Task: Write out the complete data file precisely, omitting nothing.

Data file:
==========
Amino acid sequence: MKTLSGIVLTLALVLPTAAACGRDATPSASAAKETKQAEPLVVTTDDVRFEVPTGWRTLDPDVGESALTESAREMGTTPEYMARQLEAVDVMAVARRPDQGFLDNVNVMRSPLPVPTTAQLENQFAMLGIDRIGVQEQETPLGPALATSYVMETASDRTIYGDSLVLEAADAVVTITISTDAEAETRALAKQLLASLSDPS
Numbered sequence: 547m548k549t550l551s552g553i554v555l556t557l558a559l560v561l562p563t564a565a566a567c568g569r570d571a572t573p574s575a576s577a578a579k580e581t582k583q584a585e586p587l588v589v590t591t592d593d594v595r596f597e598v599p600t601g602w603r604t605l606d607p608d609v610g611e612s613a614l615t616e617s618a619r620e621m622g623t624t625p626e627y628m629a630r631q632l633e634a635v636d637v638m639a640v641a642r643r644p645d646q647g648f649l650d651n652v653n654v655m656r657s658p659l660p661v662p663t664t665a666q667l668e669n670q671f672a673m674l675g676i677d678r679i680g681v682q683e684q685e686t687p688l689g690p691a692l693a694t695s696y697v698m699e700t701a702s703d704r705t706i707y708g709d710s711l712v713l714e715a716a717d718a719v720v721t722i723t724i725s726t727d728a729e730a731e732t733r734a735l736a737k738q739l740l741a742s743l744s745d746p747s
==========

Amino acid sequence: MKTLSGIVLTLALVLPTAAACGRDATPSASAAKETKQAEPLVVTTDDVRFEVPTGWRTLDPDVGESALTESAREMGTTPEYMARQLEAVDVMAVARRPDQGFLDNVNVMRSPLPVPTTAQLENQFAMLGIDRIGVQEQETPLGPALATSYVMETASDRTIYGDSLVLEAADAVVTITISTDAEAETRALAKQLLASLSDPS
Numbered sequence: 547m548k549t550l551s552g553i554v555l556t557l558a559l560v561l562p563t564a565a566a567c568g569r570d571a572t573p574s575a576s577a578a579k580e581t582k583q584a585e586p587l588v589v590t591t592d593d594v595r596f597e598v599p600t601g602w603r604t605l606d607p608d609v610g611e612s613a614l615t616e617s618a619r620e621m622g623t624t625p626e627y628m629a630r631q632l633e634a635v636d637v638m639a640v641a642r643r644p645d646q647g648f649l650d651n652v653n654v655m656r657s658p659l660p661v662p663t664t665a666q667l668e669n670q671f672a673m674l675g676i677d678r679i680g681v682q683e684q685e686t687p688l689g690p691a692l693a694t695s696y697v698m699e700t701a702s703d704r705t706i707y708g709d710s711l712v713l714e715a716a717d718a719v720v721t722i723t724i725s726t727d728a729e730a731e732t733r734a735l736a737k738q739l740l741a742s743l744s745d746p747s